Date published: 
26 November 2018
Media event date: 
4 June 2019
Media type: 
Transcript
Audience: 
General public

26 November 2018

ADAM STEER:
Alarming headlines running nationally over the weekend, pointing to federal health advice telling you to run your taps for 30 seconds every morning to avoid getting sick from lead poisoning. But is just a storm in a teacup?

Brendan Murphy is the chief medical officer with the federal Department of Health. Brendan, good morning. Those headlines that ran over the weekend - urgent warning: lead poisoning fears across Australia. So what's the verdict? Are we in danger?

BRENDAN MURPHY:
Good morning, Adam. No, in the short. This warning or this advice came from- a committee called the Environmental Health Committee, which has representatives of all the states and the federal government's environmental experts, and it was really in response to some concerns about some elevated lead in drinking water at various times around the country.

The important thing to note that this is entirely precautionary advice. We've got no evidence at all that anyone has become toxic from lead from drinking water. It's very, very unlikely that you can even get your blood levels up from drinking water. The most lead toxicity comes from other environmental sources but lead is of no value to the human body; and as a matter of precaution, particularly in circumstances where you've got old brass plumbing fittings, various- the advice is that if you want to be sure to reduce any potential lead intake, you can run your taps for 30 seconds, particularly if it's been stagnant overnight and avoid using hot water. But there is really no evidence that it's risky to not do that, it's just in the precautionary advice, we're just saying- well, the Environmental Health Committee is saying that if people want to maximally reduce any possible lead intake, they can do that. But we're not saying our drinking water is unsafe, and people certainly shouldn't be alarmed.

ADAM STEER:
It sounds almost like the PFAS story that's plagued the Northern Territory. No evidence of adverse effects on human health but people should still take precautions. That's a little confusing.

BRENDAN MURPHY:
Well, I think, yeah, it can be confusing. I mean, there is a difference between PFAS and lead, lead is toxic. We know lead can be toxic if children have been exposed to old lead paint. Kids who sniff lead-containing petrol can definitely get lead toxicity. We know it's a toxic chemical to humans, it's just that in this circumstance, it's such a tiny amount that's in drinking water that people are just saying: if you want to be absolutely sure to reduce it, this is sound advice. But it's not something that we're saying everyone should do and we're not expressing any concerns at all about our drinking water. Most of it has well below the recommended NHMRC intake of lead, but it's only in some circumstances with old plumbing fittings or if you run hot water and drink that, that you can get higher levels. But even then, we don't have evidence that causes clinical toxicity, but always, when you've got chemical-like lead which is of no value to the human body, it's a sensible precaution to try and reduce the amount you consume.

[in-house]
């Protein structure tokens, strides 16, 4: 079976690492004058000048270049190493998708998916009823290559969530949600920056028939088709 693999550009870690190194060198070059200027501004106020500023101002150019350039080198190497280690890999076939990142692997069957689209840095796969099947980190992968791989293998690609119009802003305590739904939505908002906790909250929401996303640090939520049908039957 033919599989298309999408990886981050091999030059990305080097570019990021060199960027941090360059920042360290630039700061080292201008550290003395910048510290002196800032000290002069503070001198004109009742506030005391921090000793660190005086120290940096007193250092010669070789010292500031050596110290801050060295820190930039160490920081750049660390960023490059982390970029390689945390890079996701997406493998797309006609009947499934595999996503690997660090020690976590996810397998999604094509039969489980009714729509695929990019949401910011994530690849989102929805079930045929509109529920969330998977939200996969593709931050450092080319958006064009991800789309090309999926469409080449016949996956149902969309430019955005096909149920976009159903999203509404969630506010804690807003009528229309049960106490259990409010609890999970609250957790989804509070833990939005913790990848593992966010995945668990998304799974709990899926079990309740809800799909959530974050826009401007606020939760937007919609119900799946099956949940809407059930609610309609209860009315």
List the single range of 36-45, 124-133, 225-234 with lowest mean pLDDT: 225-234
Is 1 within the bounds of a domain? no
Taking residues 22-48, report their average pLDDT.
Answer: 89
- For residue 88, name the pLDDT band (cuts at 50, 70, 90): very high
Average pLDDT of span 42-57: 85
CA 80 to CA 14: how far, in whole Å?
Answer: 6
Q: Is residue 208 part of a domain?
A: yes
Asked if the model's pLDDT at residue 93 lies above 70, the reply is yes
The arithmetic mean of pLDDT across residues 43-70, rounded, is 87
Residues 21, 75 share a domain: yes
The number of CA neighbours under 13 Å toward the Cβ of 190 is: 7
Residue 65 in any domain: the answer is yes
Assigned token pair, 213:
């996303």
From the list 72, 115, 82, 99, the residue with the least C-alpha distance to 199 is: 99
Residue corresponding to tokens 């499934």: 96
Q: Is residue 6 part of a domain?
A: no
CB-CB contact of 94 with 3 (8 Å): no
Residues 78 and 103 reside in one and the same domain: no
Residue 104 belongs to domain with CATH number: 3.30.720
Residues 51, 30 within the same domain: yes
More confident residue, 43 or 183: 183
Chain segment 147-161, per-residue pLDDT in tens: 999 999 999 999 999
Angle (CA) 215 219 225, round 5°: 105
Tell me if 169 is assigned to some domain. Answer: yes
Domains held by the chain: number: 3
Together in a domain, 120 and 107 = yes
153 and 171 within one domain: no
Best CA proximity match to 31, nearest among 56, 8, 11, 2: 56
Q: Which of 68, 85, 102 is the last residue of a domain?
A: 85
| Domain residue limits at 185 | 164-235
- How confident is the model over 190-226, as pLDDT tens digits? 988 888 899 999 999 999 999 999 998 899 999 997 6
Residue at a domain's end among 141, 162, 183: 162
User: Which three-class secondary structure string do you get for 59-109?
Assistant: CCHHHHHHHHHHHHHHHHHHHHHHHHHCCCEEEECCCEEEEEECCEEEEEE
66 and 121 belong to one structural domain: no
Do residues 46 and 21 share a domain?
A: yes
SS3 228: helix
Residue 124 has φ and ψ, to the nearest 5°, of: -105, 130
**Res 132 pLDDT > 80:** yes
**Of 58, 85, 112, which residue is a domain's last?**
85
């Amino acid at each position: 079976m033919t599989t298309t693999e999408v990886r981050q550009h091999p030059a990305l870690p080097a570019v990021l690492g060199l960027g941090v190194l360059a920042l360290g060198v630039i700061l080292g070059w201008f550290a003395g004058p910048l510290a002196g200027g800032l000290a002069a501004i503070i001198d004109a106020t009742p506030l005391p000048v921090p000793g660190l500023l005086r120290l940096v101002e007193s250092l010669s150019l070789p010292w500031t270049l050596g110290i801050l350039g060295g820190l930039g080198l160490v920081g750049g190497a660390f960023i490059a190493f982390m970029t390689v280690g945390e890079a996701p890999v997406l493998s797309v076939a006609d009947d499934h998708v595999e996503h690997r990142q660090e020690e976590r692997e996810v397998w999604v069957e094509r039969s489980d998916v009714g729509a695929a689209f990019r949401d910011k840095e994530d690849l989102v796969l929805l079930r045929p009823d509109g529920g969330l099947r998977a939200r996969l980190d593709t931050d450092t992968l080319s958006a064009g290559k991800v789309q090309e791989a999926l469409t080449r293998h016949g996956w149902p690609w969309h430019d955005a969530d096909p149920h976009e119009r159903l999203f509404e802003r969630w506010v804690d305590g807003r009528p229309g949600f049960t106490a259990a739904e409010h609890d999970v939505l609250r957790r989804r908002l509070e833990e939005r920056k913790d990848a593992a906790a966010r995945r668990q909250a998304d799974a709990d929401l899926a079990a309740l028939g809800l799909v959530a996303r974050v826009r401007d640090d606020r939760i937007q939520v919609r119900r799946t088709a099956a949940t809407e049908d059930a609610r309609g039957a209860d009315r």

ADAM STEER:
Should people be getting their water tested for lead or?

BRENDAN MURPHY:
No. No, we don't recommended people getting their water tested for lead at all. I think the only piece of advice, which is probably most pertinent, is if someone is formula feeding a baby - babies are much sensitive to lead - and using lots and lots of tap water, it might be sensible in that circumstance to particularly flush the water if it's been stagnant overnight before you use it to make up the formula. But I don't think people should be anxious about this. I don't think they should be testing their water. But if you do have old plumbing fittings and if you had water that's been stagnant in the tap for a while, it's sensible to give it a little bit of a run before you drink it.

ADAM STEER:
Yeah. It's been reported that brass in Australian household tap contains up to 4.5 per cent lead, which is 18 times higher than the US and Canada permit…

BRENDAN MURPHY:
[Talks over] Yeah.

ADAM STEER:
…Do our standards need to improve, do you think?

BRENDAN MURPHY:
They do and they are. The Building Codes Board is looking at that at the moment. The states and territories are responsible for this but they're very keen to work with the Building Codes Board and I think there will be a change in that in the near future.

ADAM STEER:
Have there been instances of detections of lead levels above Australian drinking water guidelines? Have you-

BRENDAN MURPHY:
There have, yes. And [indistinct]-

ADAM STEER:
And where have you found those levels?

BRENDAN MURPHY:
Well, the most recent one that caught some attention was some drinking fountains in Geelong and in Melbourne, where some very old drinking fountains that hadn't been used very often and some measurements showed lead above the recommended- which are very conservative levels, I should say, but above the levels the NHMRC recommends; and in Geelong the advice was just to run those fountains for a bit longer before drinking.

ADAM STEER:
So the message is if you are worried, take those precautions, run the water for 30 seconds the first thing in the morning, and then you're right for the rest of the day.

BRENDAN MURPHY:
But as I said, we still have no evidence that not doing that will be of any harm to you, but if you want to be absolutely secure and safe, that's something else you can do.

ADAM STEER:
Good on you, Brendan. Good to hear from you this morning.

BRENDAN MURPHY:
Thank you.

ADAM STEER:
There's Brendan Murphy. He's the chief medical officer with the federal Department of Health.

ENDS

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